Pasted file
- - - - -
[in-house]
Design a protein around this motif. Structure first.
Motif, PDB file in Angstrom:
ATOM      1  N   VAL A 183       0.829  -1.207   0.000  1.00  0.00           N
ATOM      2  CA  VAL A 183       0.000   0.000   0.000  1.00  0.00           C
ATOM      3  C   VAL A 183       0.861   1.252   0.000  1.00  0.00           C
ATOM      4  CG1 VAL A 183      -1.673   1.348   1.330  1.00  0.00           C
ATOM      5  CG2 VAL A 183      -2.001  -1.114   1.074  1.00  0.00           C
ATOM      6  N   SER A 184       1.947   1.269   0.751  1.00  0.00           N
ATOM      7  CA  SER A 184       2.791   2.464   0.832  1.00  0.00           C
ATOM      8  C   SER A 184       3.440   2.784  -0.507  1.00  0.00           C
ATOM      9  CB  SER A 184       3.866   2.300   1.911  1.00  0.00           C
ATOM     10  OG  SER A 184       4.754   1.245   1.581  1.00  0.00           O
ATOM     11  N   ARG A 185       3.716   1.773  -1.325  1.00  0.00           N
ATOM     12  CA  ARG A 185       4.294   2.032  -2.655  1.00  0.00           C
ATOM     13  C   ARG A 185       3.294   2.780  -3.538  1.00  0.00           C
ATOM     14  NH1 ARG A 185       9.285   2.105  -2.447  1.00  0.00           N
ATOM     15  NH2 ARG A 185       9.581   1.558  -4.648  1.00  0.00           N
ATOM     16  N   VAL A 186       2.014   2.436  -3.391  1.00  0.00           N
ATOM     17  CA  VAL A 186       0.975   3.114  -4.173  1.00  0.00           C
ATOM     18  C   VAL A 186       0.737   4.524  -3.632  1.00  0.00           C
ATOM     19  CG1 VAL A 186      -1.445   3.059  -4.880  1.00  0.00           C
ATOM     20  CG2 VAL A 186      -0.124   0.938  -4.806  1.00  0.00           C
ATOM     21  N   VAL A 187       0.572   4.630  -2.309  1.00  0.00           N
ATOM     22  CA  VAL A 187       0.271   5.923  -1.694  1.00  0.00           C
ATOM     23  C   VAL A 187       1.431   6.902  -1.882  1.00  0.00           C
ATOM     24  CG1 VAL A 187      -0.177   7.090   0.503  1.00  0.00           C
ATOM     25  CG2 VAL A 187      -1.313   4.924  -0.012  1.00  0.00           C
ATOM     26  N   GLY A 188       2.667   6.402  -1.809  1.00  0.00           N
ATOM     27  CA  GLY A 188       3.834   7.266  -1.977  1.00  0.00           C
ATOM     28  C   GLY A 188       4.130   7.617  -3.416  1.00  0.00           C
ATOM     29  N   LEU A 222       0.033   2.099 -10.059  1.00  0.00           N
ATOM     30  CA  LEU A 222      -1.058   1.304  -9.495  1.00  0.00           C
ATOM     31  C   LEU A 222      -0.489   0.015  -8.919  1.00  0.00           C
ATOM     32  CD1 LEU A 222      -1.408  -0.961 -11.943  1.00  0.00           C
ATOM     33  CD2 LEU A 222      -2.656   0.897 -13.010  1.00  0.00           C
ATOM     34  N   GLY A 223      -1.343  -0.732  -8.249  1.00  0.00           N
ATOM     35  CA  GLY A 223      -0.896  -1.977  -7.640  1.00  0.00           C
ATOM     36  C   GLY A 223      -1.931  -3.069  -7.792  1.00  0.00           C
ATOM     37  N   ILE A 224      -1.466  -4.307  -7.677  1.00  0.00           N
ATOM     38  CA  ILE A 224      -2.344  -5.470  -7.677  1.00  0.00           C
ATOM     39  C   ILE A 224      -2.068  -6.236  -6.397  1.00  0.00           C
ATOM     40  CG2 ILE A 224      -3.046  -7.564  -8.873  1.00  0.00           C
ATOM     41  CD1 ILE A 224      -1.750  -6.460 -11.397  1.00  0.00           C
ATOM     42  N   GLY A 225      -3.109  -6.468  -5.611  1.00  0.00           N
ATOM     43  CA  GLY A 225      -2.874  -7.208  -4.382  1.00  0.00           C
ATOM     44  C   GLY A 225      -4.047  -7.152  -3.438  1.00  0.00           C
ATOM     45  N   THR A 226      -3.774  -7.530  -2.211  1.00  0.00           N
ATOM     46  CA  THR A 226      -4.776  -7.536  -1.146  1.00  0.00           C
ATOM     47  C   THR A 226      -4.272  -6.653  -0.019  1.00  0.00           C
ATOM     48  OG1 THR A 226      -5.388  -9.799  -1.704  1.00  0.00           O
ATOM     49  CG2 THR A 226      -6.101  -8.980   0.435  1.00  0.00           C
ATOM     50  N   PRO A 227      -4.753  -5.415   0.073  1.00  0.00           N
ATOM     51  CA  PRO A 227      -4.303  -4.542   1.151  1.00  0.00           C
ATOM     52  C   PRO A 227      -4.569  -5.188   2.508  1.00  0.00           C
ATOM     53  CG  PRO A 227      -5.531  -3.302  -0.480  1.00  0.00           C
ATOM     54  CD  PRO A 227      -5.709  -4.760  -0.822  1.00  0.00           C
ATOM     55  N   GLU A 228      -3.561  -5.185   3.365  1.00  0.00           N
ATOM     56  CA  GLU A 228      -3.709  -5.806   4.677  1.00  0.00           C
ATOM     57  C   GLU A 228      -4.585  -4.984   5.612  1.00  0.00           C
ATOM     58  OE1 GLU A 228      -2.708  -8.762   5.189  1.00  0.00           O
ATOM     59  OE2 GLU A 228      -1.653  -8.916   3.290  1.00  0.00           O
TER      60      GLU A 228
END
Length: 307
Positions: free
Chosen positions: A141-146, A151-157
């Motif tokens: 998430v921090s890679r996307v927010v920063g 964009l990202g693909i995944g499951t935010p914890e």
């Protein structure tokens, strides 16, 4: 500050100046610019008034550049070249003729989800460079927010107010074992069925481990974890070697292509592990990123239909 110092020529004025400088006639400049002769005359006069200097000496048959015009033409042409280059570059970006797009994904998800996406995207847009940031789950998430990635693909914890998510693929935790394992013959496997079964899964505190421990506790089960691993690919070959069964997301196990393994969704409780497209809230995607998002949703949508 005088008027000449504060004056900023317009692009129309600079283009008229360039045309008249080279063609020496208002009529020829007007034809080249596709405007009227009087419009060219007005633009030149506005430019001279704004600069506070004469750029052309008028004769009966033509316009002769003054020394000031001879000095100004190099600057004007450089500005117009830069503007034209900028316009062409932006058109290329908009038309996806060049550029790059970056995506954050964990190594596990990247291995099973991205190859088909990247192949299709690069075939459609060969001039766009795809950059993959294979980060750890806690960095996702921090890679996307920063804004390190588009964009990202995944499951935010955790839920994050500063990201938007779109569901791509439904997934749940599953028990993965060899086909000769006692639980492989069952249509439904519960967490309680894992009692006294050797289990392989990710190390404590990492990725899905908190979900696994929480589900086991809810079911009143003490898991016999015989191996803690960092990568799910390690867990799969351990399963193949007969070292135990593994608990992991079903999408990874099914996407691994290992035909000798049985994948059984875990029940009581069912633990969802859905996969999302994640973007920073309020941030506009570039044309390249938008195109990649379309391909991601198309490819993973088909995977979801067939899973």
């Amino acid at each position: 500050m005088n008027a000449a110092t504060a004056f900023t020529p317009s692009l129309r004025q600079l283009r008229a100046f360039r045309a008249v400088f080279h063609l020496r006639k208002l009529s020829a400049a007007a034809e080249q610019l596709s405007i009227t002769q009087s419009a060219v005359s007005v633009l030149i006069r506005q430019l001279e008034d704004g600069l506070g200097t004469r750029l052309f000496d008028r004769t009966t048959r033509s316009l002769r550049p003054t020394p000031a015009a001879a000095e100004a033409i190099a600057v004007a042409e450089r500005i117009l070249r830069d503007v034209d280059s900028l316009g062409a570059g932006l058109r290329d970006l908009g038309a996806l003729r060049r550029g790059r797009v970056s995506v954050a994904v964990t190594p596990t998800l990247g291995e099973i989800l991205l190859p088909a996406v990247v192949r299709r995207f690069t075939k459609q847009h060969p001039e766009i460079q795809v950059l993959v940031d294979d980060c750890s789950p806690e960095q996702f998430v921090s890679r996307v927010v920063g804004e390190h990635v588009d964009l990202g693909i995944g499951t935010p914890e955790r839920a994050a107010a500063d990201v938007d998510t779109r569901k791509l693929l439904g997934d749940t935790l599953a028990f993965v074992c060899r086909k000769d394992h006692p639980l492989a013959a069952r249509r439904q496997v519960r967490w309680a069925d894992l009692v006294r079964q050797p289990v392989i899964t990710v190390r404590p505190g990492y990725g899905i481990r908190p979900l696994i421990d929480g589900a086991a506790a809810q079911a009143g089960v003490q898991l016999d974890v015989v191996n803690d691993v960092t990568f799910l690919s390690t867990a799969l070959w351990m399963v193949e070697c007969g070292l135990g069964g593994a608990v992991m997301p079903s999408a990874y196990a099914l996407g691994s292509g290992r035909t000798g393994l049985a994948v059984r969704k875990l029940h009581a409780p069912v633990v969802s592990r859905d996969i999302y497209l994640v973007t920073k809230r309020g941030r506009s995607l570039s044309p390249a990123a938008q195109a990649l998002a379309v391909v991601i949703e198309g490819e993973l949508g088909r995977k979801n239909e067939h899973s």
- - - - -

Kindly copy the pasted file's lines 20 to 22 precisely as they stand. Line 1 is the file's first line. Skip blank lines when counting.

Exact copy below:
ATOM     17  CA  VAL A 186       0.975   3.114  -4.173  1.00  0.00           C
ATOM     18  C   VAL A 186       0.737   4.524  -3.632  1.00  0.00           C
ATOM     19  CG1 VAL A 186      -1.445   3.059  -4.880  1.00  0.00           C